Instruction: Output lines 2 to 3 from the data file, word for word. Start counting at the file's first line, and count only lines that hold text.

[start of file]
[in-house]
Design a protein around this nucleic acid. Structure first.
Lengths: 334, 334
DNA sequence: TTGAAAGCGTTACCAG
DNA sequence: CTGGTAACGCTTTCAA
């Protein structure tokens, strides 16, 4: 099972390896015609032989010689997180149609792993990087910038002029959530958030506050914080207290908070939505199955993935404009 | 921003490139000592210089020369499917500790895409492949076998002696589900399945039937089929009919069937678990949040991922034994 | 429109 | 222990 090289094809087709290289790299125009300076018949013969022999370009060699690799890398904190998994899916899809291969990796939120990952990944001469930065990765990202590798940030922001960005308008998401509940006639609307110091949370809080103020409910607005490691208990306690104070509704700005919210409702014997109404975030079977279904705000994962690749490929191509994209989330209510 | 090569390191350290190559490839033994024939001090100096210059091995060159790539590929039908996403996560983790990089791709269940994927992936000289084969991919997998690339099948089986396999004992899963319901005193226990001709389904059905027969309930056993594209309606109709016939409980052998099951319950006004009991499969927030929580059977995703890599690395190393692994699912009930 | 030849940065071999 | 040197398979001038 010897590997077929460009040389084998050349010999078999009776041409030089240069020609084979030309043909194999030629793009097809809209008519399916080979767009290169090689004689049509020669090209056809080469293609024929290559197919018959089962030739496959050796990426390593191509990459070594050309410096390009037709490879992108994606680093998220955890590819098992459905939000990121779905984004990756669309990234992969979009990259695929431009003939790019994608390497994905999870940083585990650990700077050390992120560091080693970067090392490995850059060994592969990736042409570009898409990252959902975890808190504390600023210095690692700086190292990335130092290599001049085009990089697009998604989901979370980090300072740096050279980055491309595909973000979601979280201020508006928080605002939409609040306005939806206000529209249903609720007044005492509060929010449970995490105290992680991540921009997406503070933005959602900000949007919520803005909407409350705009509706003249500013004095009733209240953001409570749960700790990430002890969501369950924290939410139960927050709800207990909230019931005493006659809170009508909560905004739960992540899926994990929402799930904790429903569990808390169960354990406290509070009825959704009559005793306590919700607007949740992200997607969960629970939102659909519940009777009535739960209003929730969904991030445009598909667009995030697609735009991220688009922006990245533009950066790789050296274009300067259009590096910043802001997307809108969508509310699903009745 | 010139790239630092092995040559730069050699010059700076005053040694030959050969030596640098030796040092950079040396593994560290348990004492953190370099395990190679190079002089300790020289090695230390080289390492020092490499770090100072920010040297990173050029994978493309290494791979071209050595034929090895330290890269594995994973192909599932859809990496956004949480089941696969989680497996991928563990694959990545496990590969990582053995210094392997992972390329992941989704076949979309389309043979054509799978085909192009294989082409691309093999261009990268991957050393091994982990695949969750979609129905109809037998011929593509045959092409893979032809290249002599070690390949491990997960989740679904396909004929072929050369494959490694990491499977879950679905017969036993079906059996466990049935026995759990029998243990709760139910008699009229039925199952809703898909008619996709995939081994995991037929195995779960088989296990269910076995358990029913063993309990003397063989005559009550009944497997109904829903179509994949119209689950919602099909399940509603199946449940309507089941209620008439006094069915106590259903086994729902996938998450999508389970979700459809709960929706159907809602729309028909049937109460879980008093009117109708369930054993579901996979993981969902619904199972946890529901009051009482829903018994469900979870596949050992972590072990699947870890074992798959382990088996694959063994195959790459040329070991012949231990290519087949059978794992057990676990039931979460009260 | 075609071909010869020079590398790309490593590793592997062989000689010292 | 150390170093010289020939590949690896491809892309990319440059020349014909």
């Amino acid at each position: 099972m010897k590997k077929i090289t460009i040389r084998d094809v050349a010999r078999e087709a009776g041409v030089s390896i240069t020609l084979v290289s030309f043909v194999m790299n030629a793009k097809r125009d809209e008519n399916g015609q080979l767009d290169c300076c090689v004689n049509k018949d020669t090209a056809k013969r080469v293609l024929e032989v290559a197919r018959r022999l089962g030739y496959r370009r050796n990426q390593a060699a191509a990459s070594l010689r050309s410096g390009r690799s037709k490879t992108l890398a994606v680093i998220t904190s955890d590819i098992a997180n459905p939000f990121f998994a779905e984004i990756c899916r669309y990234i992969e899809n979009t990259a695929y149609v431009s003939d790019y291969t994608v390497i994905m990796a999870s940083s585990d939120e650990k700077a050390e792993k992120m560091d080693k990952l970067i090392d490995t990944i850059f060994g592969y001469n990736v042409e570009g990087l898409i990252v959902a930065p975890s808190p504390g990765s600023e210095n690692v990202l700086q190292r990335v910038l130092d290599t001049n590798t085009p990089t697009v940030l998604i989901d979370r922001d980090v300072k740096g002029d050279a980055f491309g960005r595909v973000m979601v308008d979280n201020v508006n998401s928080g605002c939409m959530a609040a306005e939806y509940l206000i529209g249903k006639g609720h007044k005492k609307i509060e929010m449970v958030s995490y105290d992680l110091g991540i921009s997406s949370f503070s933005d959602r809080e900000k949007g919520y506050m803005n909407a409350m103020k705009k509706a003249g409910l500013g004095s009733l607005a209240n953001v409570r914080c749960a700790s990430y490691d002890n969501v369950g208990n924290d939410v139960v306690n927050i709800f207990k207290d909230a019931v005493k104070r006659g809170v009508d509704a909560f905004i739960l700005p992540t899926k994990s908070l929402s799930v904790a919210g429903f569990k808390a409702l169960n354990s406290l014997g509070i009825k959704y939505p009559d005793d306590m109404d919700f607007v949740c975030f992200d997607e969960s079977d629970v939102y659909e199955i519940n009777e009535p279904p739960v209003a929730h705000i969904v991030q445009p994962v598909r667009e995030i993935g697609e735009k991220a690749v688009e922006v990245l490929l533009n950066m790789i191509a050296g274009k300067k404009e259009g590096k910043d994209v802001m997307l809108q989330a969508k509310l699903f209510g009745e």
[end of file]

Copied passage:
Design a protein around this nucleic acid. Structure first.
Lengths: 334, 334